Jamaica News: The Government is moving with alacrity to have the Sexual Harassment Bill tabled in Parliament and has given assurance that it will be done by year end.
Culture, Gender, Entertainment and Sport Minister, Hon. Olivia Grange, says the Bill, “with all the revisions that were recommended by Cabinet, is ready to be signed off on”.
The Minister was speaking at a Caribbean Media and Gender Forum hosted by Women’s Media Watch (WMW) Jamaica at the Caribbean School of Media and Communication (CARIMAC), University of the West Indies, on September 26.
“It will now go to the Subcommittee of Cabinet that deals with legislation, and then it will be sent with a report back to Cabinet for approval. It will be tabled in the House this quarter,” Miss Grange said.
The Minister noted that the Bill contains recommendations from Cabinet for the establishment of a Sexual Harassment Tribunal to hear all sexual-harassment matters.
She said Field Officers from the Bureau of Gender Affairs will be conducting investigations to address reports that have been filed.
Ms. Grange, who acknowledged that the link between gender and violence is a complex one, requiring a coordinated approach, said Cabinet last year approved the National Strategic Action Plan to eliminate gender-based violence (GBV).
The 10-year plan, which was officially launched in December 2017, sets out a programme to be implemented across government, and with specific targets towards eliminating the crime.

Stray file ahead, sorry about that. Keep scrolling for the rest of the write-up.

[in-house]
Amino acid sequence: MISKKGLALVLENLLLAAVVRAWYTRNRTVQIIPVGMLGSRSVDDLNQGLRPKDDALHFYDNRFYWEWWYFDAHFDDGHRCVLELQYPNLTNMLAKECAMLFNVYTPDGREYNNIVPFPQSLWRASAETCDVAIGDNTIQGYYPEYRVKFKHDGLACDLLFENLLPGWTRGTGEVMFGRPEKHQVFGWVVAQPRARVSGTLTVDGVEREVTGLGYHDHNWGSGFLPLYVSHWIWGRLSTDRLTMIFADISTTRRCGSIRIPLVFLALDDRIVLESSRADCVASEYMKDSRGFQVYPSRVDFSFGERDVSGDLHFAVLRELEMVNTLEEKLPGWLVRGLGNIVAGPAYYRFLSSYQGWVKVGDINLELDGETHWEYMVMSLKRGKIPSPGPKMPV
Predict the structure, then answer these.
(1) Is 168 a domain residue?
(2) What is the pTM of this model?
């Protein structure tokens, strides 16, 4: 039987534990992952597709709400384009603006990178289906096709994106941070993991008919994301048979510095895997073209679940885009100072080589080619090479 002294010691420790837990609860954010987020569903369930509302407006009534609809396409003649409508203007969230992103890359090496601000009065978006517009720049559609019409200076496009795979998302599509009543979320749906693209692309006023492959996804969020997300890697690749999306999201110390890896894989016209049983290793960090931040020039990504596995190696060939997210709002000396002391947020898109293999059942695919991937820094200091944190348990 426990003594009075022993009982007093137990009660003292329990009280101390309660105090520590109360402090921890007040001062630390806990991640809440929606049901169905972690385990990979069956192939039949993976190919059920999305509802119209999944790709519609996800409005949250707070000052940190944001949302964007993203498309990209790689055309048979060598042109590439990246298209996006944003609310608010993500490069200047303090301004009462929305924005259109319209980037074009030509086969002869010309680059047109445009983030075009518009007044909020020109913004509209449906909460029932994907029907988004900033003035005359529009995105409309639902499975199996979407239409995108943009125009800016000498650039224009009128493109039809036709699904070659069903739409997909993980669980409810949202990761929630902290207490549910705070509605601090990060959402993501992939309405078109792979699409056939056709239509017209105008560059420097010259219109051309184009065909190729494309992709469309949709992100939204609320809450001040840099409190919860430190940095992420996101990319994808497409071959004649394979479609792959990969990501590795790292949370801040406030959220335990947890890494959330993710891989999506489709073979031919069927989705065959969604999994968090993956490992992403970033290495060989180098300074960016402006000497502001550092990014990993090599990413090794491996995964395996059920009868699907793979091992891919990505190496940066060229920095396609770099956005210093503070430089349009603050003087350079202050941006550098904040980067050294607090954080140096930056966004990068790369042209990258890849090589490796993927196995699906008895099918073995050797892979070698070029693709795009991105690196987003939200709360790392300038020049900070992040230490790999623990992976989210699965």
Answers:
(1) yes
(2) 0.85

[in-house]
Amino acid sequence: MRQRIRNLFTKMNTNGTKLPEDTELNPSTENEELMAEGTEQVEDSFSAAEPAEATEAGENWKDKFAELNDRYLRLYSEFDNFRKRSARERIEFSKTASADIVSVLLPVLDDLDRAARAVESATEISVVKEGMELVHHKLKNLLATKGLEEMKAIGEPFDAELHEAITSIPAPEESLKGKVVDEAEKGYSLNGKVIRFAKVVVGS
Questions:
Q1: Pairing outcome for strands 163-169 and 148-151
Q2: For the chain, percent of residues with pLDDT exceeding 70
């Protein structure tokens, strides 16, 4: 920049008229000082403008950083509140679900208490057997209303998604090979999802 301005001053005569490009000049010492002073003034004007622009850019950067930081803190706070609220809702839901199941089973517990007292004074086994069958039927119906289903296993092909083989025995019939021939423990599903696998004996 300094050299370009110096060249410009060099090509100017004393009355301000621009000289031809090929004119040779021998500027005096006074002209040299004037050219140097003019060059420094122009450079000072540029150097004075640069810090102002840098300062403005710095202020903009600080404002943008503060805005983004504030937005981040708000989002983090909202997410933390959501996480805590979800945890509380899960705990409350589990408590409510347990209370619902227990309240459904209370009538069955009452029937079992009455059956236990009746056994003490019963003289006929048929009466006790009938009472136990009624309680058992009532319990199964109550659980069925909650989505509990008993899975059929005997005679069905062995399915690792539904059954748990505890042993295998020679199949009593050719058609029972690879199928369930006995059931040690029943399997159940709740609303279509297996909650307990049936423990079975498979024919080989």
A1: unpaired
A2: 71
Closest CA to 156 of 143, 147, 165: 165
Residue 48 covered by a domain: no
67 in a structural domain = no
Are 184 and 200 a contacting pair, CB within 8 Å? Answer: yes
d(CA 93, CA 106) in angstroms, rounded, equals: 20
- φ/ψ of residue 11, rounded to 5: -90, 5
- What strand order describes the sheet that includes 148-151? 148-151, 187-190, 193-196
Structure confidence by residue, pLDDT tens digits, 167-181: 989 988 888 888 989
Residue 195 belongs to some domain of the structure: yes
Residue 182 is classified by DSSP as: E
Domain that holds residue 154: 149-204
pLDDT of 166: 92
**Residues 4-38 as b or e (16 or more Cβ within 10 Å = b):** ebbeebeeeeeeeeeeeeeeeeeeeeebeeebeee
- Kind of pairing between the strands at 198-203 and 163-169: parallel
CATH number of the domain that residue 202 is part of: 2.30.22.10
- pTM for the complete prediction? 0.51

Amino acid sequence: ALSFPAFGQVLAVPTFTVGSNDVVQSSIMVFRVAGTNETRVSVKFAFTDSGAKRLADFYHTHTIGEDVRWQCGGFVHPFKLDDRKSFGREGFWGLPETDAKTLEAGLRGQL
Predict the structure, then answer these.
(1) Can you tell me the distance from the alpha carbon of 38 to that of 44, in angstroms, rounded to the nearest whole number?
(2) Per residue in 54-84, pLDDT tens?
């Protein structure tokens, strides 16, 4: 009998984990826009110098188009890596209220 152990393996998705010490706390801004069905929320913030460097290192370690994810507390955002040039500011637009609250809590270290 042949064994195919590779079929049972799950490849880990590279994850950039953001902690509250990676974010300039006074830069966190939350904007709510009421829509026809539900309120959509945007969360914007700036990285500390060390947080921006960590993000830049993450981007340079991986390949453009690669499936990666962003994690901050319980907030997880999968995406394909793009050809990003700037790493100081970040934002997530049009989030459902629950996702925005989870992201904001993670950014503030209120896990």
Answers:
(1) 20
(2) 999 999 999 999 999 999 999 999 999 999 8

It focuses on five strategic priority areas – prevention, protection, intervention, legal procedures and protocols for data collection.
“The Ministry will now roll out a national public education campaign on gender-based violence (next month) to target different groups, with a special focus being placed on men and boys, youth and millennials,” she said.
Ms. Grange explained that the campaign will educate citizens about the “consequences of GBV, dispel negative myths that normalise GBV, address different forms of GBV and critically engage men in eliminating GBV, as statistics show they are perpetrators of it”.
“The best way to end violence against women and girls is to prevent it from happening in the first place by addressing its root and structural causes. It also requires that we work collaboratively to change the narrative,” she said.
“This includes conducting rigorous gender analyses to assess policies and programmes to ensure gender balance. We will need to take a closer look at media and its representation of women and girls and make a concerted effort to adopt professional guidelines to reduce gender discrimination,” Ms. Grange added.
The Minister commended the WMW Jamaica for staging the event.
Meanwhile, Executive Director of WMW Jamaica, Patricia Donald Phillips, explained that the forum, funded by Women’s World Day of Prayer, a global ecumenical movement led by Christian women, is an important and timely one.
“This event is coming out of a regional project on gender equality in the media. We are seeking to influence media houses throughout the region, so that they will recognise that humanity is woman and man… so that when situations of violence are being reported on, it is done with heart and that there is a background to it,” she said.
The forum, held under the theme ‘The Impact of Media Reporting on Violence against Women in the Caribbean’, was aimed at implementing gender-focused monitoring as well as some analysis and advocacy activities.
Barbados and Suriname are partners with WMW Jamaica in its Caribbean-wide thrust against gender violence.
Source: JIS News